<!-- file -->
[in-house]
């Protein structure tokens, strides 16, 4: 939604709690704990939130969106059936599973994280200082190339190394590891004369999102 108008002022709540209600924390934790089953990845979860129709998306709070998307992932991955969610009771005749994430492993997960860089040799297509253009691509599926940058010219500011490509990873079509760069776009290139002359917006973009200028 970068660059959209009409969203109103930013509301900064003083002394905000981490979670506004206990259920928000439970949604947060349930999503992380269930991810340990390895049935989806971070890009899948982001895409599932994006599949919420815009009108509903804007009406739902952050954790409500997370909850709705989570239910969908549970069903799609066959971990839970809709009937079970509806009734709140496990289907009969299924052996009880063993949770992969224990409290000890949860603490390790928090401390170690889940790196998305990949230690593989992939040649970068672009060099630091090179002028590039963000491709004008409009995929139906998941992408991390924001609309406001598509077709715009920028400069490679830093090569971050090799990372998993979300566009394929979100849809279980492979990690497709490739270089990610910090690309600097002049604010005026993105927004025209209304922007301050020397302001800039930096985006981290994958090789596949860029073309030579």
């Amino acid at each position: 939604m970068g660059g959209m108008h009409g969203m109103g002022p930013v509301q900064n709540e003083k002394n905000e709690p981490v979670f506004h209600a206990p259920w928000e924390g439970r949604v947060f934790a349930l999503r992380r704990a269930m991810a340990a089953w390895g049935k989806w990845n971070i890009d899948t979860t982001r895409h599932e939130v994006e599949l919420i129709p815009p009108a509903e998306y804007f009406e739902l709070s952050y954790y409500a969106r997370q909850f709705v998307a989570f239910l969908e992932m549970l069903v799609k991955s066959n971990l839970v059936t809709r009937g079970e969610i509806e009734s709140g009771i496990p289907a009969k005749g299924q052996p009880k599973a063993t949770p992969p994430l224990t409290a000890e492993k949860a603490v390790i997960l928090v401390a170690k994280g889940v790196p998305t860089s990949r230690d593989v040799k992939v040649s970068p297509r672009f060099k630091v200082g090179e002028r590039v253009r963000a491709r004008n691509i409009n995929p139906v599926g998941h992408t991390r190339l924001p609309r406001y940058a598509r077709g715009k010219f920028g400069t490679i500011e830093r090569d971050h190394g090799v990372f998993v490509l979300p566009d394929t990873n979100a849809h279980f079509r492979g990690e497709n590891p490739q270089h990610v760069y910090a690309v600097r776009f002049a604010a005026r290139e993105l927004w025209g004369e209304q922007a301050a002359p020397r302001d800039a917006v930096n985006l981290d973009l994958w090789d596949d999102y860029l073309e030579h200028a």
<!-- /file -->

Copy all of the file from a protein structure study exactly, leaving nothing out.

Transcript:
[in-house]
């Protein structure tokens, strides 16, 4: 939604709690704990939130969106059936599973994280200082190339190394590891004369999102 108008002022709540209600924390934790089953990845979860129709998306709070998307992932991955969610009771005749994430492993997960860089040799297509253009691509599926940058010219500011490509990873079509760069776009290139002359917006973009200028 970068660059959209009409969203109103930013509301900064003083002394905000981490979670506004206990259920928000439970949604947060349930999503992380269930991810340990390895049935989806971070890009899948982001895409599932994006599949919420815009009108509903804007009406739902952050954790409500997370909850709705989570239910969908549970069903799609066959971990839970809709009937079970509806009734709140496990289907009969299924052996009880063993949770992969224990409290000890949860603490390790928090401390170690889940790196998305990949230690593989992939040649970068672009060099630091090179002028590039963000491709004008409009995929139906998941992408991390924001609309406001598509077709715009920028400069490679830093090569971050090799990372998993979300566009394929979100849809279980492979990690497709490739270089990610910090690309600097002049604010005026993105927004025209209304922007301050020397302001800039930096985006981290994958090789596949860029073309030579």
């Amino acid at each position: 939604m970068g660059g959209m108008h009409g969203m109103g002022p930013v509301q900064n709540e003083k002394n905000e709690p981490v979670f506004h209600a206990p259920w928000e924390g439970r949604v947060f934790a349930l999503r992380r704990a269930m991810a340990a089953w390895g049935k989806w990845n971070i890009d899948t979860t982001r895409h599932e939130v994006e599949l919420i129709p815009p009108a509903e998306y804007f009406e739902l709070s952050y954790y409500a969106r997370q909850f709705v998307a989570f239910l969908e992932m549970l069903v799609k991955s066959n971990l839970v059936t809709r009937g079970e969610i509806e009734s709140g009771i496990p289907a009969k005749g299924q052996p009880k599973a063993t949770p992969p994430l224990t409290a000890e492993k949860a603490v390790i997960l928090v401390a170690k994280g889940v790196p998305t860089s990949r230690d593989v040799k992939v040649s970068p297509r672009f060099k630091v200082g090179e002028r590039v253009r963000a491709r004008n691509i409009n995929p139906v599926g998941h992408t991390r190339l924001p609309r406001y940058a598509r077709g715009k010219f920028g400069t490679i500011e830093r090569d971050h190394g090799v990372f998993v490509l979300p566009d394929t990873n979100a849809h279980f079509r492979g990690e497709n590891p490739q270089h990610v760069y910090a690309v600097r776009f002049a604010a005026r290139e993105l927004w025209g004369e209304q922007a301050a002359p020397r302001d800039a917006v930096n985006l981290d973009l994958w090789d596949d999102y860029l073309e030579h200028a």